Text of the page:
Jeff council approves sale of $2.46M in bonds

Yield will be $2.54 million

The Jefferson city council finalized the sale of $2.46 million in general obligation corporate purpose bonds at its June 25 meeting. The terms offered by the high bidder will allow the council to reap $2.54 million, the total needed to cover the list of purposes the council approved for the bonds.

Tim Oswald of Piper Jaffray, the city’s financial advisor, led the council through five bids received. Every bidder offered an interest rate of 3 percent, with the “tie breaker” being the total purchase price each bidder proposed. Oswald explained complicated financial matters well enough that council members were able to nod their heads in understanding, but the intricacies of bonding is something most people seldom deal with.

The bottom line is that the winning bidder was First Bankers’ Banc Securities Inc of St Louis, MO, which offered a purchase price of $2,631,721, a true interest rate of 2.656 percent, and a net interest cost to the city of $857,253. Oswald calculated backwards to bring the proceeds of the bond sale to the $2.54 million needed. That’s how the actual bond sale was reduced to $2.46 million. A premium paid by First Bankers’ Banc Securities will make up the $80,000 difference.

“Resized” to $2.46 million, the true interest rate is 2.633 percent and the net interest cost will be $816,530.

The debt levy won’t increase to pay on the 2019 bonds until 2022. The debt levy is now 2.102 (per $1,000 in taxable valuation). The rate will be 2.105 in 2021 and then increase to 2.538 in 2022.

Council member Matt Wetrich pointed out that the city’s debt levy has been ore than 2.253 during the past 10 years, and that it will not go back to the previous rate.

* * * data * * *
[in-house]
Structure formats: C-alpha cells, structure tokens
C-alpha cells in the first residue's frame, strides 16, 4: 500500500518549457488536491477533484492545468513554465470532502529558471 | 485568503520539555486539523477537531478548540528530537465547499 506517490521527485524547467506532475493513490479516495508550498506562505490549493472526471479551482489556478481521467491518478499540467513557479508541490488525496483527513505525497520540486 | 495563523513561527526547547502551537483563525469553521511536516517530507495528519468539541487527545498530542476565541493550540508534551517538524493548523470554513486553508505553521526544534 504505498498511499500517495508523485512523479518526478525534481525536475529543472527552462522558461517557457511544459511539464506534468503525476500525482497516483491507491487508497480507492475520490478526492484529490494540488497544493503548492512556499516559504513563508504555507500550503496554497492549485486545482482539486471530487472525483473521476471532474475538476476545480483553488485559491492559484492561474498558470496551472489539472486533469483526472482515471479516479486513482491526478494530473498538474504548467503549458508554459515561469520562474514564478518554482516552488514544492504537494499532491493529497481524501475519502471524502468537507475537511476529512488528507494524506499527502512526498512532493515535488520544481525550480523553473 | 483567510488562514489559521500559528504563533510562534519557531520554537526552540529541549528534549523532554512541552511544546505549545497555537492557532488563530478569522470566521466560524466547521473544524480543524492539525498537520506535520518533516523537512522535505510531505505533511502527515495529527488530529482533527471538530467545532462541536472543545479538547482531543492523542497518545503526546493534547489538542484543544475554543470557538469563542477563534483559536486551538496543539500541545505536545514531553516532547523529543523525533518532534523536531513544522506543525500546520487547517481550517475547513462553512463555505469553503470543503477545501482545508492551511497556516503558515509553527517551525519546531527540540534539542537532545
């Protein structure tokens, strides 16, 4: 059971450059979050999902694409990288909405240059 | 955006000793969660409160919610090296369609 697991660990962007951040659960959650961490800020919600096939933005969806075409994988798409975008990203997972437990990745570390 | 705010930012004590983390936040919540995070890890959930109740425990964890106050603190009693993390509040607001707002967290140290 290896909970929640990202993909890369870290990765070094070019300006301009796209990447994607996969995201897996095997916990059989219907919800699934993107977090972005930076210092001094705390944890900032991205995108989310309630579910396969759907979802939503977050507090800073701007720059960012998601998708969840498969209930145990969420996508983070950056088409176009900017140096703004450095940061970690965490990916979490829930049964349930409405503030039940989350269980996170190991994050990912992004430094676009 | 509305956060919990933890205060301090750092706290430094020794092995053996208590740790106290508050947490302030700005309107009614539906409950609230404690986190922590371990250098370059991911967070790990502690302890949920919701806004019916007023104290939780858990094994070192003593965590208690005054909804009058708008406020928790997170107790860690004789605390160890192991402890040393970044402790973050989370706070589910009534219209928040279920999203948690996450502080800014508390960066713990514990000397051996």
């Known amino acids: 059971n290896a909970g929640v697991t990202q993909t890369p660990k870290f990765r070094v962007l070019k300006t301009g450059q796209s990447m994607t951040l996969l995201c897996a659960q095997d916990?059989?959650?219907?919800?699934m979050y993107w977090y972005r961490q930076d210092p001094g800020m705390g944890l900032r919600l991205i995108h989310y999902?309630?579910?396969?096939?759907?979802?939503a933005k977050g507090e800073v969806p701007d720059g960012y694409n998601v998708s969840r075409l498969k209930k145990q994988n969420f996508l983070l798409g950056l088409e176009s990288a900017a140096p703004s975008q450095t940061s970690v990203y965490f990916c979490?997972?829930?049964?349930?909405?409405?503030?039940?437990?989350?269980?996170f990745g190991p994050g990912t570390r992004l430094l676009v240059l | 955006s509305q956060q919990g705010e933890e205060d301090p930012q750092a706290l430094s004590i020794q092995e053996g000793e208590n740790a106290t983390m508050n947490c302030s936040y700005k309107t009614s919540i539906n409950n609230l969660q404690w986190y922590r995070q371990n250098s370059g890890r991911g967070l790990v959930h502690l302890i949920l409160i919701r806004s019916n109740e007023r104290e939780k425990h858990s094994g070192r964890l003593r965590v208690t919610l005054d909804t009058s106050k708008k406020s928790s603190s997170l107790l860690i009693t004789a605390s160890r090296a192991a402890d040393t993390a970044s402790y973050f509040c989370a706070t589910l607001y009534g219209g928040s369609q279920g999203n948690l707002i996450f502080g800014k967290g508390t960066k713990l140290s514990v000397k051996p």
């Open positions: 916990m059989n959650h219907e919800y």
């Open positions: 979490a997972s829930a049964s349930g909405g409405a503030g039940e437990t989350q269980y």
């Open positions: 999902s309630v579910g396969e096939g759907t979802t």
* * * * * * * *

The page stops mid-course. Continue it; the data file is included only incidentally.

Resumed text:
Oswald also projected a need for the city to sell bonds in 2021 and 2023 for planned capital projects. The larges of those is resurfacing Lincoln Way from Elm St west to Grimmell Road. The project is estimated at $4 million. Ostwald suggested the council finance repayment of those bonds using revenue sources other than a debt levy.

The council set a public hearing for the July 9 meeting on a proposed amendment to the Urban Revitalization Plan. The hearing is the first step in changing the ordinances dealing with tax abatements. The change would provide for a 3-year abatement of all city property taxes for all classes of property except multi-family residential, and a 10-year abatement of all city property taxes on multi-family residential property.

The council will hold a second public hearing at that meeting to meet a requirement of the Community Development Block Grant the city received for an owner-occupied home rehabilitation program.

The council approved the third reading of ordinances to increase council members’ per meeting stipend from $30 to $60, and to increase the mayor’s monthly stipend from $200 to $400. The changes go into effect Jan. 1, 2020.

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